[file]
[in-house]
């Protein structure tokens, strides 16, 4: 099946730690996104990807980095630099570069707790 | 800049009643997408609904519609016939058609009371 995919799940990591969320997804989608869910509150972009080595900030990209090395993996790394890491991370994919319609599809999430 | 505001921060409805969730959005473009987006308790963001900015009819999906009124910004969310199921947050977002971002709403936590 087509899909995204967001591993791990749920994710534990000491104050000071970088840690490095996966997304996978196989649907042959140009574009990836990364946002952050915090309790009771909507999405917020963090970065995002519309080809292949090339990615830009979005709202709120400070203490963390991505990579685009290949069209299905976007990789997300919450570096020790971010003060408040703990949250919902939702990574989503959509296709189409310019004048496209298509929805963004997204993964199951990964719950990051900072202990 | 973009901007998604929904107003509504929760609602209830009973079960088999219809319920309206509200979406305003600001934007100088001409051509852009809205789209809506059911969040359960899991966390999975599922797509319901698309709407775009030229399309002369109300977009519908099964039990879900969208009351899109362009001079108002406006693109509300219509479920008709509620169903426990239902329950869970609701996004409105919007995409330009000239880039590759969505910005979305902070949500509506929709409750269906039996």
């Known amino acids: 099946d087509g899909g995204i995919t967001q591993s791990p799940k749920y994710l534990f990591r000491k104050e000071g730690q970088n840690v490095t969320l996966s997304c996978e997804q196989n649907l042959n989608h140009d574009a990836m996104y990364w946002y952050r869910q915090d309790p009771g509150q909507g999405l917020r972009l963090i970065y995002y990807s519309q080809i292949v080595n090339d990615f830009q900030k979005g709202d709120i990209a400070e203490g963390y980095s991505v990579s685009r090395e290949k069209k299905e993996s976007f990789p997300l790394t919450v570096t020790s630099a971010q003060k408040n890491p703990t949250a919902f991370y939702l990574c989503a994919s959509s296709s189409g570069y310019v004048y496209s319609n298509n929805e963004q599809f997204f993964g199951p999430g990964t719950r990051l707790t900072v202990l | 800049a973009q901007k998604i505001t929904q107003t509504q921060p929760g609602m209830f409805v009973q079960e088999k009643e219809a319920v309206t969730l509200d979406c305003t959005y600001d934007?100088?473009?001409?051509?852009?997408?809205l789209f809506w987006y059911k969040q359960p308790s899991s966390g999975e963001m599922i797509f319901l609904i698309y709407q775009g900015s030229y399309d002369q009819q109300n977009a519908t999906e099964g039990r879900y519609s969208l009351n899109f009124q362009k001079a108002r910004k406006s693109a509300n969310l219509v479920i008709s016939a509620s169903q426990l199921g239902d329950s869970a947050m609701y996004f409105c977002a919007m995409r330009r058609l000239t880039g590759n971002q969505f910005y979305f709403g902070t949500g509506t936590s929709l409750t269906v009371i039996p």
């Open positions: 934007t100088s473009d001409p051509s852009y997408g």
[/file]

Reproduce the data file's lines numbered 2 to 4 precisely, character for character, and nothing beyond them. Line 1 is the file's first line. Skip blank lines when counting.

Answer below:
């Protein structure tokens, strides 16, 4: 099946730690996104990807980095630099570069707790 | 800049009643997408609904519609016939058609009371 995919799940990591969320997804989608869910509150972009080595900030990209090395993996790394890491991370994919319609599809999430 | 505001921060409805969730959005473009987006308790963001900015009819999906009124910004969310199921947050977002971002709403936590 087509899909995204967001591993791990749920994710534990000491104050000071970088840690490095996966997304996978196989649907042959140009574009990836990364946002952050915090309790009771909507999405917020963090970065995002519309080809292949090339990615830009979005709202709120400070203490963390991505990579685009290949069209299905976007990789997300919450570096020790971010003060408040703990949250919902939702990574989503959509296709189409310019004048496209298509929805963004997204993964199951990964719950990051900072202990 | 973009901007998604929904107003509504929760609602209830009973079960088999219809319920309206509200979406305003600001934007100088001409051509852009809205789209809506059911969040359960899991966390999975599922797509319901698309709407775009030229399309002369109300977009519908099964039990879900969208009351899109362009001079108002406006693109509300219509479920008709509620169903426990239902329950869970609701996004409105919007995409330009000239880039590759969505910005979305902070949500509506929709409750269906039996």
């Known amino acids: 099946d087509g899909g995204i995919t967001q591993s791990p799940k749920y994710l534990f990591r000491k104050e000071g730690q970088n840690v490095t969320l996966s997304c996978e997804q196989n649907l042959n989608h140009d574009a990836m996104y990364w946002y952050r869910q915090d309790p009771g509150q909507g999405l917020r972009l963090i970065y995002y990807s519309q080809i292949v080595n090339d990615f830009q900030k979005g709202d709120i990209a400070e203490g963390y980095s991505v990579s685009r090395e290949k069209k299905e993996s976007f990789p997300l790394t919450v570096t020790s630099a971010q003060k408040n890491p703990t949250a919902f991370y939702l990574c989503a994919s959509s296709s189409g570069y310019v004048y496209s319609n298509n929805e963004q599809f997204f993964g199951p999430g990964t719950r990051l707790t900072v202990l | 800049a973009q901007k998604i505001t929904q107003t509504q921060p929760g609602m209830f409805v009973q079960e088999k009643e219809a319920v309206t969730l509200d979406c305003t959005y600001d934007?100088?473009?001409?051509?852009?997408?809205l789209f809506w987006y059911k969040q359960p308790s899991s966390g999975e963001m599922i797509f319901l609904i698309y709407q775009g900015s030229y399309d002369q009819q109300n977009a519908t999906e099964g039990r879900y519609s969208l009351n899109f009124q362009k001079a108002r910004k406006s693109a509300n969310l219509v479920i008709s016939a509620s169903q426990l199921g239902d329950s869970a947050m609701y996004f409105c977002a919007m995409r330009r058609l000239t880039g590759n971002q969505f910005y979305f709403g902070t949500g509506t936590s929709l409750t269906v009371i039996p």
């Open positions: 934007t100088s473009d001409p051509s852009y997408g």